Sleep is a common difficulty in Parkinson’s disease (PD).
People with PD not only have difficulty falling asleep at night, they have difficulty staying asleep, and experience daytime sleepiness. Also, people with PD commonly are diagnosed with restless leg syndrome, rapid eye movement behaviour, and may experience nightmares or nightime delusion (often as a result of medication)… all of which can also be very disruptive to their bed-partners sleep! However, the link between PD and sleep disorders has yet to be clarified.
We also know that PD can impact “working memory”, so things like planning and problem solving required for everyday living. A new study now shows that sleep issues associated with PD can also impact working memory, making day-to-day living a cognitive challenging in sleep-deprived people with PD!
Specifically, “slow wave sleep” or the deepest part of sleep, is important for brain plasticity (cells make new connections). Having a full’s nights sleep saw significant improvements in working memory, especially in people taking dopamine medication.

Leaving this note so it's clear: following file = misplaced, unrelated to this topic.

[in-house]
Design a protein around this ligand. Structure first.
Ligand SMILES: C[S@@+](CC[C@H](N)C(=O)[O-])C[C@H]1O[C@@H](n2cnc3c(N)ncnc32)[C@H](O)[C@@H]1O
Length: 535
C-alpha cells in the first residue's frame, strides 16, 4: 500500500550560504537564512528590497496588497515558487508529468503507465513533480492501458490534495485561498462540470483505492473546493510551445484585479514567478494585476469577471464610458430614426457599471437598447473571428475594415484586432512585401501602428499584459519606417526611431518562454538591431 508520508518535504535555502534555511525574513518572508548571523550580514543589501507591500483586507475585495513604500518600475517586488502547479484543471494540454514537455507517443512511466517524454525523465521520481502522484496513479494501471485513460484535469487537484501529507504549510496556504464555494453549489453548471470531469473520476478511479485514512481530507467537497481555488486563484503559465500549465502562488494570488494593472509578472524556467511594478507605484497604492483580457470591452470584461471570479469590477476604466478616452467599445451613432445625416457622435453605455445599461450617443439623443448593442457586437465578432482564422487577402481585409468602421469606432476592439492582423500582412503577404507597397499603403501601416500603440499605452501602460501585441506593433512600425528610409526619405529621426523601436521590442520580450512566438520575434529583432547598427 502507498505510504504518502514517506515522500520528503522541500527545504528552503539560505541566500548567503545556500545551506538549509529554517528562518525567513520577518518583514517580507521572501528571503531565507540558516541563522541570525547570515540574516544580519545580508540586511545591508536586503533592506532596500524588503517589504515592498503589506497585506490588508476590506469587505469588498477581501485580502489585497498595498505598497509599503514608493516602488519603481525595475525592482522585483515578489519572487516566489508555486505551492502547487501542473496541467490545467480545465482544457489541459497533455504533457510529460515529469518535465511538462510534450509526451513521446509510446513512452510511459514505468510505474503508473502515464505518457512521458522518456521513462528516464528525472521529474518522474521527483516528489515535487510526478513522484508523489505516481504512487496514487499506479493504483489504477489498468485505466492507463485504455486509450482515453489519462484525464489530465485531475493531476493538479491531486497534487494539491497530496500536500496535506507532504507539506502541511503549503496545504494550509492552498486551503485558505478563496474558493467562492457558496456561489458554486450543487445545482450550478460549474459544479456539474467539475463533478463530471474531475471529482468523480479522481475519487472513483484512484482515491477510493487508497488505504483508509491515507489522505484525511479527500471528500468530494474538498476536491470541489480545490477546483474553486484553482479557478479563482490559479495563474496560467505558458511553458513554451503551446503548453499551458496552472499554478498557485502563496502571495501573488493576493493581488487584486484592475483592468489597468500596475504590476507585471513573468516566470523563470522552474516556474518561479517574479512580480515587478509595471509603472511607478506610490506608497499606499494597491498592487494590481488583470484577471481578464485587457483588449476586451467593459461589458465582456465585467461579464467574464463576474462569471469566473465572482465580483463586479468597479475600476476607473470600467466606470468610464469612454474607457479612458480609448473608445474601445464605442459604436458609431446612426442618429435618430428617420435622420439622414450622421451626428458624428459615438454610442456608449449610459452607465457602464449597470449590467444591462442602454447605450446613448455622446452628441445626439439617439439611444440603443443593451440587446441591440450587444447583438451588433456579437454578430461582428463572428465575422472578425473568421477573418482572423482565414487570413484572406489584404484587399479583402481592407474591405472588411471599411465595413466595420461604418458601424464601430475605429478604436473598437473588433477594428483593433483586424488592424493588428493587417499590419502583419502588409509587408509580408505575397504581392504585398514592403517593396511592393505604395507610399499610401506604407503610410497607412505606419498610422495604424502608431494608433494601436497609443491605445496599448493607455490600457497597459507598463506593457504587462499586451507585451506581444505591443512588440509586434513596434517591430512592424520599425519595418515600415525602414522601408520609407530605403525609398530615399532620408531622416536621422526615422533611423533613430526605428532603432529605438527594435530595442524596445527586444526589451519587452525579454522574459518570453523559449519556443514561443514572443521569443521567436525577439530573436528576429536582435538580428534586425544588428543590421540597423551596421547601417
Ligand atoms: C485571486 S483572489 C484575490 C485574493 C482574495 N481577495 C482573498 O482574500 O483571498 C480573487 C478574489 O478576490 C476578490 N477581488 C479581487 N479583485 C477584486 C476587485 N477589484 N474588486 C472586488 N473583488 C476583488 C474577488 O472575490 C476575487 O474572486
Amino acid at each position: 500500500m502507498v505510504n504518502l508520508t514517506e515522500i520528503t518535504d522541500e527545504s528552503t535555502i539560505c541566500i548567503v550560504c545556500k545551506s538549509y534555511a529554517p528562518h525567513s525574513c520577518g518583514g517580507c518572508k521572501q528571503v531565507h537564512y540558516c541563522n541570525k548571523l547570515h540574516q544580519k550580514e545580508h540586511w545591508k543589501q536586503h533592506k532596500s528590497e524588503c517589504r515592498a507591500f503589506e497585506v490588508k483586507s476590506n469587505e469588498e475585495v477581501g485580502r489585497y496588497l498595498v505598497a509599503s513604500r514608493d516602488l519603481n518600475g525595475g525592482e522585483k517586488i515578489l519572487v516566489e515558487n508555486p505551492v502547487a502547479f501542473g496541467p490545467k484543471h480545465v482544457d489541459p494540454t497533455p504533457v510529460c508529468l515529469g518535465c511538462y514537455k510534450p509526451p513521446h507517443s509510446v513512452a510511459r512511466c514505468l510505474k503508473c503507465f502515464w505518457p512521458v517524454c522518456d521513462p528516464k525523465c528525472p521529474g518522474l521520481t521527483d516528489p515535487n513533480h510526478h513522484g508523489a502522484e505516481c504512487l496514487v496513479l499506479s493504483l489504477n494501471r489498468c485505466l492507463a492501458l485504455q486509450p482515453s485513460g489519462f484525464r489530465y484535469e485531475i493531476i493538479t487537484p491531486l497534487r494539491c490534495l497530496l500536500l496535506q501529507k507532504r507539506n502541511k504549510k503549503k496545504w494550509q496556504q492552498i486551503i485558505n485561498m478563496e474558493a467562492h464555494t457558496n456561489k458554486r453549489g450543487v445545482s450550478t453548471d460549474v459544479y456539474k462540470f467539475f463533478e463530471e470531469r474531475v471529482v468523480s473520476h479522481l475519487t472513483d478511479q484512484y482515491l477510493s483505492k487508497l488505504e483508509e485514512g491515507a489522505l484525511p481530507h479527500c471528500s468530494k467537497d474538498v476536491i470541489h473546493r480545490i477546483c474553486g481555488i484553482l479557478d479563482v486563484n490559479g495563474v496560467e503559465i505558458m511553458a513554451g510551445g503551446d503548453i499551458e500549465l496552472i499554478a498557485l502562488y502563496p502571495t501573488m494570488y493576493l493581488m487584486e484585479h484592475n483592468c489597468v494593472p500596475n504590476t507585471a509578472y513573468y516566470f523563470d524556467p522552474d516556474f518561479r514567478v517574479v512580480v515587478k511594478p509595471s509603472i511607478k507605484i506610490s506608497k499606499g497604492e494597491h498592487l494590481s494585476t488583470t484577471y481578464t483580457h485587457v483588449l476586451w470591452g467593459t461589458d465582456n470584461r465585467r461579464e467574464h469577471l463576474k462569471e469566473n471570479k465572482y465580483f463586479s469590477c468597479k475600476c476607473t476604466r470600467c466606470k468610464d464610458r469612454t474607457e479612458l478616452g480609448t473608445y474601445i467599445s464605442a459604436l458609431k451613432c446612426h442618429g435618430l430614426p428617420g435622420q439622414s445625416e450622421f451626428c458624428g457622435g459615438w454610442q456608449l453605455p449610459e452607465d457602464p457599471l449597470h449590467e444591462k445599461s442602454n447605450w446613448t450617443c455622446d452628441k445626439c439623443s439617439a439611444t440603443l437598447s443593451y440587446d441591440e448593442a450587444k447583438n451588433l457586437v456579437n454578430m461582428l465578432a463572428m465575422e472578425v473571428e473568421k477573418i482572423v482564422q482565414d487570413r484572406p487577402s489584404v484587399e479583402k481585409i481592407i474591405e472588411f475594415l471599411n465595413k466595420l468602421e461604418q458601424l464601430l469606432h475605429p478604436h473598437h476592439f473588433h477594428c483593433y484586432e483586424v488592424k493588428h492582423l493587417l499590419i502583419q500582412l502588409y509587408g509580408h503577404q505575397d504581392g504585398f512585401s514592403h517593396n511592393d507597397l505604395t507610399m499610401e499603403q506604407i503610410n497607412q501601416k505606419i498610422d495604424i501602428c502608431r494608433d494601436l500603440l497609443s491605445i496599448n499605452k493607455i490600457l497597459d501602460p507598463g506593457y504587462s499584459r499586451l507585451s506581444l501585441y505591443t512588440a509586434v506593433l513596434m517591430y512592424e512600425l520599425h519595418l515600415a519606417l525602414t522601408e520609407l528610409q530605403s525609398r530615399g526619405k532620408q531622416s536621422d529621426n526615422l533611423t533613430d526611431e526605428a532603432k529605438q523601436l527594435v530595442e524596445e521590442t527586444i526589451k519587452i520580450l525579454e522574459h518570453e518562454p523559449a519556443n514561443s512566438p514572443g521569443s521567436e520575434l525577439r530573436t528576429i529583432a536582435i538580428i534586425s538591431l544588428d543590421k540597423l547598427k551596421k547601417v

… so what does this mean? Addressing sleep disorders in PD can potentially improve working memory capacity in patients with PD.
… and do you know what helps with sleep? YOGA!
After 6months of regular practice, yoga can significantly decreased the time taken to fall asleep, increases number of hours slept, and increases feelings of being rested in the morning compared to non-yoga controls in an older adult population (Manjunath & Telles, 2004).
stay tuned (next post!) for some wonderfully relaxing and restorative poses that you can do right in your bed for a better nights sleep… just like Levon! much love.
P.S. Want more info on sleep in PD? References: Michael J Fox Foundation’s FoxFeed; Nocturnal sleep enhances working memory training in Parkinson’s disease but not Lewy body dementia (Brain, 2012); Sleep and Parkinson’s disease (Mov Disord, In Press).